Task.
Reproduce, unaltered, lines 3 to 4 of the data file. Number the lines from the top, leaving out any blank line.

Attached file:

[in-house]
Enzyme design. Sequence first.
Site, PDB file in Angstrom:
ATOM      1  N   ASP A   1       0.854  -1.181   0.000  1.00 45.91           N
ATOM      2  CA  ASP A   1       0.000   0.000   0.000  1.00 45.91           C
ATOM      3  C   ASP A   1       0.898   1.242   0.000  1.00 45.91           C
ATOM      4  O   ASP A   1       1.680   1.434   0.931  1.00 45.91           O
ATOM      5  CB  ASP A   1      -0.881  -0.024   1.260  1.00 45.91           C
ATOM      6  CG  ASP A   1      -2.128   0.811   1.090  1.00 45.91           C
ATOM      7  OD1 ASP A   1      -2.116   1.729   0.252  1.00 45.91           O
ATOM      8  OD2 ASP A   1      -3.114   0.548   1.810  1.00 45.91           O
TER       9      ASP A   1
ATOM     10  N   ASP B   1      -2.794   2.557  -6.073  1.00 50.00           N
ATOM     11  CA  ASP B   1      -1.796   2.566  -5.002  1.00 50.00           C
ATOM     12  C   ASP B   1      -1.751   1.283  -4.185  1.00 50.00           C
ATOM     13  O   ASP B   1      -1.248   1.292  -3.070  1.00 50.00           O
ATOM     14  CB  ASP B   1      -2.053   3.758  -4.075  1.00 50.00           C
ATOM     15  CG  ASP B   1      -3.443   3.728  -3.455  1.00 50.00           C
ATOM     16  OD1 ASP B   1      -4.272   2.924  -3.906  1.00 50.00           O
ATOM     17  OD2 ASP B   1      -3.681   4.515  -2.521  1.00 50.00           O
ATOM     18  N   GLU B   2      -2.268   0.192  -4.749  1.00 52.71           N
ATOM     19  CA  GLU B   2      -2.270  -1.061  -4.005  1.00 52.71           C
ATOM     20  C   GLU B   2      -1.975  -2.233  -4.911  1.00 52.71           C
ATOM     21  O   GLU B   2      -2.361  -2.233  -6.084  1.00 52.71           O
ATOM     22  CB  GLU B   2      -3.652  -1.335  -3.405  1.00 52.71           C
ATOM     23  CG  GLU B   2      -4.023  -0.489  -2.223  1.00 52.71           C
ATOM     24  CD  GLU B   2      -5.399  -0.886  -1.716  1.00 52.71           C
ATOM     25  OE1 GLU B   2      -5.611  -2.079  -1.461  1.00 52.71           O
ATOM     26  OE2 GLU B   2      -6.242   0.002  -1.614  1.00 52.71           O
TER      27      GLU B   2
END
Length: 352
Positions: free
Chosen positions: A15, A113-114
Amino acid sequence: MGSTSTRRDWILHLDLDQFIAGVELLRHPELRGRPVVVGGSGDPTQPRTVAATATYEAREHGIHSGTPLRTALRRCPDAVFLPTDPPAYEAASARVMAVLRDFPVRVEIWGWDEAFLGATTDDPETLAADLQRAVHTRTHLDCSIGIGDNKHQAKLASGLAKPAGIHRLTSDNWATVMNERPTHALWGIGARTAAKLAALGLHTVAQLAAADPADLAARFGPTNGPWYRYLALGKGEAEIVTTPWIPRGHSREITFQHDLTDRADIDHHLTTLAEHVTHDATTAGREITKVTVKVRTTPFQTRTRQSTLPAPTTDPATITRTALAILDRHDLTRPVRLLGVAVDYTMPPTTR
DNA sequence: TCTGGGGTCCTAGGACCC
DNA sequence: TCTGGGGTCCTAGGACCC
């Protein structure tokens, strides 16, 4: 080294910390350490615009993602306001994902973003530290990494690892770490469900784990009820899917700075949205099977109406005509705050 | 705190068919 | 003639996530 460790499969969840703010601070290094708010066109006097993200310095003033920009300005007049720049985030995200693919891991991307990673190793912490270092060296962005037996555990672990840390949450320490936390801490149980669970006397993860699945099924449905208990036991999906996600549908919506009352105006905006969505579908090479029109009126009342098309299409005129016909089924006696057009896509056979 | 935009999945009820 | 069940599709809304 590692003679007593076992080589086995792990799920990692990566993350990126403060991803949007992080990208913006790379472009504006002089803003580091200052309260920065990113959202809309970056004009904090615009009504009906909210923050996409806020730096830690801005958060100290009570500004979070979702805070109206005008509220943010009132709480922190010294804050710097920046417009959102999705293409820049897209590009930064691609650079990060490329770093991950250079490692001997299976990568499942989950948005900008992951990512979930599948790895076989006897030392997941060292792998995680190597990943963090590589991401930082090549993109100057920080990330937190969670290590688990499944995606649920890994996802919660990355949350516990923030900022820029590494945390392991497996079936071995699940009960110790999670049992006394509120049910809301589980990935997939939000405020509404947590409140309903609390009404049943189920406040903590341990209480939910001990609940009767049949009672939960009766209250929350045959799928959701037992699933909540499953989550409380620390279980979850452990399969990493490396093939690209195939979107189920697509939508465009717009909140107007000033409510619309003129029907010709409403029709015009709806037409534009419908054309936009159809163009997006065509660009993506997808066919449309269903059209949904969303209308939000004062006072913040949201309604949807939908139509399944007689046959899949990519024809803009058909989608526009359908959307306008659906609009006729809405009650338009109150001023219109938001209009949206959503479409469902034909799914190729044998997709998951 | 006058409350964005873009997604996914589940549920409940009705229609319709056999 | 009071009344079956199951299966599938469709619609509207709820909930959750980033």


Site, PDB file in Angstrom:
ATOM      1  N   ASP A   1       0.854  -1.181   0.000  1.00 45.91           N